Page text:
One of the most discussed of current topics in Philosophy of Mind is the problem of personal identity - the problem of what, if any thing, makes a later person the same person as an earlier person. The book is a rare attempt to analyse the problem in its various aspects and develop a theory by way of answering the questions involved. It divides itself into three parts dealings with (1) the nature and source of the problem; (2) how it has been approached by various philosophers, traditional and contemporary; and (3) what a proper analysis of it will amount to.The theory that eventually issues out of this analysis is that bodily continuity is the primary criterion of personal identity and the claim of memory as the sole, or even primary, criterion is definitively disallowed. The ideas of disembodied existence and survival, which imply and rest upon the primacy of the memory criterion, are shown to be what they are, i.e., intelligible only in a secondary sense.
Of special interest to philosophers is the finding that the problem at issue is a problem of criterion and not of defining personal identity and also an interesting and original trichotomy between definition, criterion and necessary condition.
P.K. Mohapatra got his PhD from the University of Keele, England where he worked as a Commonwealth Scholar during 1974-77 and had been to the United States as a Fulbright Visiting Professor in 1989. A specialist in `Philosophy of Mind' and 'Philosophy of Values', he has authored two books, entitled Personal Identity and Concepts and Problems, edited five books and published a number of articles. He has been the President of the Metaphysics Section of the Indian Philosophy Congress in 1983 and also the General President of the All Orissa Philosophy Association in 1998.
Currently, Dr. Mohapatra is the senior-most Professor of Philosophy at Utkal University and the General Editor of Utkal Studies in Philosophyseries.
What makes a person P2 at a time t2 the same person as a person P1 at an earlier time t1 and what evidence can we have that such persons are the same? These questions of personal identity are old and difficult questions, and questions which are the subject of much modern philosophical writing. Dr. Mohapatra gives a thorough survey of the philosophical literature, and a firm defense of his own theory that bodily identity is the primary criterion of personal identity. His book is developed from his PhD thesis which I was privileged to supervise. We argued a lot about the issues over several years. I am glad that the theory which he eventually developed is now to reach a wider audience.
THE topic this book deals with is one of the most controversial of current issues in Philosophy of Mind. But though many articles and discussions have appeared in the field, very few books in this title have been written. This difficult experience during my research in England largely prompted me to put this work in print.
Among the many philosophers whose writings have influenced me and helped me to formulate the arguments of this essay are particularly Sydney Shoemaker, David Wiggins and Bernard Williams. Despite my qualified disagreements with their contentions, their original and stimulating works have supplied much of the elements of my own view on personal identity that is being presented.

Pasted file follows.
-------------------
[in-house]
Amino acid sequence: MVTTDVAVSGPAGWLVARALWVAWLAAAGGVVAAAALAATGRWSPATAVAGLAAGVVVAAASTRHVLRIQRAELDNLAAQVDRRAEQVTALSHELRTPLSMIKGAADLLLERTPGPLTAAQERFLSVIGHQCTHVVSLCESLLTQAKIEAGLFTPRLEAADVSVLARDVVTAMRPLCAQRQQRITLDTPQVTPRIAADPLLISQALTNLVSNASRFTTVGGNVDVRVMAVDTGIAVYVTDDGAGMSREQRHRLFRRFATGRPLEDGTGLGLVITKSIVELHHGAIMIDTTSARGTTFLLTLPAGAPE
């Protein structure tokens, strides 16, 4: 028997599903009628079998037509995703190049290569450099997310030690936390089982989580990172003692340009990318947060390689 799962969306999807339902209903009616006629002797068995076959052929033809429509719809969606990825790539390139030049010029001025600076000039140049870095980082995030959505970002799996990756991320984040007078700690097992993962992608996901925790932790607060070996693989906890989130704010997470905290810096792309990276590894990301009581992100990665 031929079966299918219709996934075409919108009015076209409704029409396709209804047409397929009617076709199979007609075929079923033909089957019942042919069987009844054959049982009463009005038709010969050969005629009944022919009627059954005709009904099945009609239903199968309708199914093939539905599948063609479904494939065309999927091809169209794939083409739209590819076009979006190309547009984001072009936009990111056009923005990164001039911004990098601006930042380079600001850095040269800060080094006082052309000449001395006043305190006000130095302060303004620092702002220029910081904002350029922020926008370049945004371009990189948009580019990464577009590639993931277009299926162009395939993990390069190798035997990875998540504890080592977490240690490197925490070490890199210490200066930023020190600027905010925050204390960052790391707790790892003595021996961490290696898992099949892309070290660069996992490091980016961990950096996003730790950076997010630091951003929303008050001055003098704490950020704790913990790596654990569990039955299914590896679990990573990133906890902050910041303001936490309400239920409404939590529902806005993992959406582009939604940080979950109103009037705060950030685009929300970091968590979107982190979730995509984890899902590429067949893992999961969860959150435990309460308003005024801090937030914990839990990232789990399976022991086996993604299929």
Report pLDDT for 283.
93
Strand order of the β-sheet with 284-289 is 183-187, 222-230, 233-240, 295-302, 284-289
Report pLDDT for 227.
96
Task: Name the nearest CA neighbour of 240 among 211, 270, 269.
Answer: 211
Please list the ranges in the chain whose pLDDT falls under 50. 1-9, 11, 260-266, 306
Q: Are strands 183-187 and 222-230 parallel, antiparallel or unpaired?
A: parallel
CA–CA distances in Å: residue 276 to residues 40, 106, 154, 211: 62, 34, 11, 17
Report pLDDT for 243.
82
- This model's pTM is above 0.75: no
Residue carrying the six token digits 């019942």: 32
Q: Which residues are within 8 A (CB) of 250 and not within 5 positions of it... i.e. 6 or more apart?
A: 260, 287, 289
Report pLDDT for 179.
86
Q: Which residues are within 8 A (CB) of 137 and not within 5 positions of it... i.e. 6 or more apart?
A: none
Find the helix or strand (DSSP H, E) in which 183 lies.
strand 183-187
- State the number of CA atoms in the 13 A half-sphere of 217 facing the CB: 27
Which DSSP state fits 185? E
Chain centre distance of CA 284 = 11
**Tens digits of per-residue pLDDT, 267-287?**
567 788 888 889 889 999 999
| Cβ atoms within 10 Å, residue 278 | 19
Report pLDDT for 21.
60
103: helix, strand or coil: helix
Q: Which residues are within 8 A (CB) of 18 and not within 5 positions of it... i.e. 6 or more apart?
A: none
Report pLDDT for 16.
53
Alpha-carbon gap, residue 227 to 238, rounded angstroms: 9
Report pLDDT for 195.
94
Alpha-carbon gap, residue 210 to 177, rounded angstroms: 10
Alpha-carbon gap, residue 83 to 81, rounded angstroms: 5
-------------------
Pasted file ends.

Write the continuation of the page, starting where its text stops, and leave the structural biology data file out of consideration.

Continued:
One single philosopher whose writings on the topic have helped me to see the present problem in its right light is Professor R.G. Swinburne. Beside this, I am also grateful to him for his constant, hardworking and helpful supervision of my research at Keele without which the present work could not have taken shape. I am, however, entirely responsible for whatever errors and inadequacies might be contained herein. I am also grateful to Dr. Brain Smart of Keele Philosophy Department through his writings and also through personal discussions with him on the topic. Dr. Smart and late Professor J.L. Mackie of Oxford deserve my special gratitude for their constructive criticisms and valuable suggestions.
I am obliged to the Commonwealth Scholarships Commission in the United Kingdom for the grant that enabled me to go and work in England and also to the authorities of the TJtkal University for granting me the necessary study leave.
Some of the well-wishers whose blessings and good wishes have engaged me in academic pursuits are my respected teachers Dr. G. Misra, Professor S.K. Chattopadhyay, Dr. S. Misra and Dr. G.C. Nayak. The personal encouragements of Professor Nayak and of my friends Dr. S.K. Mohanty and Dr. R.C. Pradhan have acted as catalyst in putting the book in print. The cheerful assistance and personal involvement of my friendly student Dr. S.C. Panigrahi has played a vital role in the publication of its first edition. To all of them I owe my special debt of gratitute.
My wife, Dipti, deserves my personal gratitude for being very understanding and a source of solace during my difficult days in England.
I am thankful to Shri Rajendra Agarwal of Decent Books, New Delhi for being a very willing and wonderful publisher of this edition.
I must thank the many readers who understood and appreciated the book. It is the wish and interest of some of them which led to the present edition.
**Contents and Sample Pages**
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